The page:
Great Ormond Street hits out at US doctor over Charlie Gard
The London hospital says Michio Hirano should "reflect" on the effect his statements had on the boy's family.

By Alan McGuinness, News Reporter

Great Ormond Street Hospital has accused an American doctor of giving the parents of Charlie Gard false hope in their fight over treatment of their terminally ill baby.

The hospital said in a statement that it would be giving "careful thought" to what it can learn from the "bruising" court fight, after Charlie's parents withdrew their application to take him to the US for treatment.

Michio Hirano offered to help Chris Gard and Connie Yates in their fight and travelled to London last week to examine Charlie for the first time and discuss the case with GOSH doctors.

In a statement read out at the High Court, Katie Gollop QC said the hospital hoped that those, like Professor Hirano, who "have provided the opinions that have so sustained Charlie's parents, their hopes and thus this protracted litigation with its many consequences, will also find much upon which to reflect".

The hospital said Professor Hirano had a financial interest in the Nucleoside Bypass Therapy (NBT) he said could help Charlie.

Sky News has attempted to contact Professor Hirano to get his response to GOSH's statement.

The hospital revealed on Saturday that it had contacted police following death threats and a "shocking and disgraceful tide" of hostility over the case.

Charlie's parents said they faced a "backlash" after the revelation, adding that they "do not and have not ever condoned any threatening or abusive remarks" towards GOSH staff.

The hospital had hoped Professor Hirano would be able to give Charlie's family renewed optimism, but said it had listened to his evidence to the court with "increasing surprise and disappointment".

"On 13 July he stated that not only had he not visited the hospital to examine Charlie but in addition, he had not read Charlie's contemporaneous medical records or viewed Charlie's brain imaging or read all of the second opinions about Charlie's condition (obtained from experts all of whom had taken the opportunity to examine him and consider his records) or even read the Judge's decision made on 11 April," the statement said.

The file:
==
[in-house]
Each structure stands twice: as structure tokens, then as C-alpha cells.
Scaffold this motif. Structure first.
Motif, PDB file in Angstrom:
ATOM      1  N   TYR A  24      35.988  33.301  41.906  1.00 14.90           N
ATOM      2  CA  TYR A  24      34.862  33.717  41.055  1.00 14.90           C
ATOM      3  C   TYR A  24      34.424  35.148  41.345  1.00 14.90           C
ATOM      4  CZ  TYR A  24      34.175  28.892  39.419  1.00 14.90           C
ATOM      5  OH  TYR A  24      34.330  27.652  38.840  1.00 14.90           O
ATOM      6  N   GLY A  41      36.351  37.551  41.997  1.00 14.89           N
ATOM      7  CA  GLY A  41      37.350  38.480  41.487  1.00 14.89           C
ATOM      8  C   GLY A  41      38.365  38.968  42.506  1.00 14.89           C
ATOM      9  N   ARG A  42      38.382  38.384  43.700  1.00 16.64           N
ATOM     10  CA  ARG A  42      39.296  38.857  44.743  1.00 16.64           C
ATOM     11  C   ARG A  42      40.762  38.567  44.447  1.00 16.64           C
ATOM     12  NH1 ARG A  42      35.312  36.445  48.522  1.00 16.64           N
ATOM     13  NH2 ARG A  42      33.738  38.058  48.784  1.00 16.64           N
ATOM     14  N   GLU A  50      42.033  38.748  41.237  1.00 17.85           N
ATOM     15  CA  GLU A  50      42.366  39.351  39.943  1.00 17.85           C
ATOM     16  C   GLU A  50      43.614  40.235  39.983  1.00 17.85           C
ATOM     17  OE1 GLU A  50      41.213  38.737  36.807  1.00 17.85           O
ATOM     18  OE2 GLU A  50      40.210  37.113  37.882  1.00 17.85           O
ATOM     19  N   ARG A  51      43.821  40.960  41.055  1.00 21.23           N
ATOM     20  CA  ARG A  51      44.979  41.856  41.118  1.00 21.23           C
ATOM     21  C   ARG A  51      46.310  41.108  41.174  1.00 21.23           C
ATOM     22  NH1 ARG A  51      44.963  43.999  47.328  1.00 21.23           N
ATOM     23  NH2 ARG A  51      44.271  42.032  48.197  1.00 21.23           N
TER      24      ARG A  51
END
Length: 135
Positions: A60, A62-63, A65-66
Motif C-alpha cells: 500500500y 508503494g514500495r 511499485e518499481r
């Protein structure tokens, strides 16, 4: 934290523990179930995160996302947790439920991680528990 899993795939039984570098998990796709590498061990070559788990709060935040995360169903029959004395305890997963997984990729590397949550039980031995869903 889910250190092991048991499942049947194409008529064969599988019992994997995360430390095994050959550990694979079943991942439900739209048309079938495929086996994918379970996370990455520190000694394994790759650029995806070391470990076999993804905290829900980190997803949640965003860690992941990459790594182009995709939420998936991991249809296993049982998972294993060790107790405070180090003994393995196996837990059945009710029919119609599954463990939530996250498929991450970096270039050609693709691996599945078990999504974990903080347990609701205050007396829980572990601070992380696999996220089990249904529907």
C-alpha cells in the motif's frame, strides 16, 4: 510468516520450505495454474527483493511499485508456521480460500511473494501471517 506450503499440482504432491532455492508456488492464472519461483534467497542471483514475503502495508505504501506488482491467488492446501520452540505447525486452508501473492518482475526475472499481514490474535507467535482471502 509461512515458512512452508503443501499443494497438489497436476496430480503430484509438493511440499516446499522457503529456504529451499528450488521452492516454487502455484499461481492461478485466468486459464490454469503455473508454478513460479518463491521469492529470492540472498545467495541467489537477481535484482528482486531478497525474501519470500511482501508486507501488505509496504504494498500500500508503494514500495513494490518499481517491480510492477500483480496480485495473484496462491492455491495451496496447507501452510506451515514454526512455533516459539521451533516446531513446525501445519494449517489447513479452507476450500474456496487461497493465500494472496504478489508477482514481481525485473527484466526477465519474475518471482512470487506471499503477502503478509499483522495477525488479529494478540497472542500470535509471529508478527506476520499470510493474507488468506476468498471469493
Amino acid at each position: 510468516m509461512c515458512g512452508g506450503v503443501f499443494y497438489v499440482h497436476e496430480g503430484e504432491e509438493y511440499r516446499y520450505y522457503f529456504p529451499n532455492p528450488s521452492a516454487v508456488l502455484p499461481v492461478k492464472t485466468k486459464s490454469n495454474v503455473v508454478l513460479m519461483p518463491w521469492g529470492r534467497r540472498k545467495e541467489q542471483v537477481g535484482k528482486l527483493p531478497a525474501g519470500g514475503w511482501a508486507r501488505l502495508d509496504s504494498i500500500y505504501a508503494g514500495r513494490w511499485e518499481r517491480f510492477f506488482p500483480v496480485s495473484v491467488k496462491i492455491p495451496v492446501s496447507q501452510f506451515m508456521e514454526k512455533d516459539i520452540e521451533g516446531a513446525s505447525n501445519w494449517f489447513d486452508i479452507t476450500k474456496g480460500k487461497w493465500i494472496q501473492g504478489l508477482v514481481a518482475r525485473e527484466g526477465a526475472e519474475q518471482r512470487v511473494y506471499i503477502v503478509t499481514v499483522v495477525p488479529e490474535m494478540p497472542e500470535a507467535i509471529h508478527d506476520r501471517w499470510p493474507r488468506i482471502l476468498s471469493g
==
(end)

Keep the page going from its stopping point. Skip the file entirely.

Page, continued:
"Further, GOSH was concerned to hear the professor state, for the first time, whilst in the witness box, that he retains a financial interest in some of the NBT compounds he proposed prescribing for Charlie.

"Devastatingly, the information obtained since 13 July gives no cause for optimism.

"Rather, it confirms that whilst NBT may well assist others in the future, it cannot and could not have assisted Charlie."

Defending Dr Hirano, Art Estopinan, whose son has been treated with experimental drugs in the US, told Sky News: "I believe that Dr Hirano is an angel. He's a saint. He saved my son and he's saved about 16 or 18 other children around the world with these devastating diseases."

Describing Dr Hirano as "a brilliant scientist", he accused GOSH doctors of shamefully allowing Charlie Gard to "waste away for eight months".

But Lord Robert Winston, Professor of Science and Society at Imperial College London, told Sky News that GOSH staff have just as much knowledge of Charlie's condition as other doctors across the world.

He said: "I have looked up Dr Hirano and what he has written - the fact of the matter is that they have not published details which show that they clearly could have changed this boy's life and the prognosis of the disease.

"I have to say it was rather wicked to give the parents the idea that somehow had this baby been treated earlier it would have made a difference.

"That is not our experience with this disease."

In its statement the hospital also paid tribute to the "bravery" of the decision made by Charlie's parents and concluded: "All of GOSH's thoughts go with Charlie and his mother and father - the hospital wishes each of them peace in their hearts at the end of this day and each day to come."


Robert Maurice Lipson Winston, Baron Winston FMedSci FRSA FRCP FRCOG FREng[2] (born 15 July 1940) is a British professor, medical doctor, scientist, television presenter and Labour Party politician.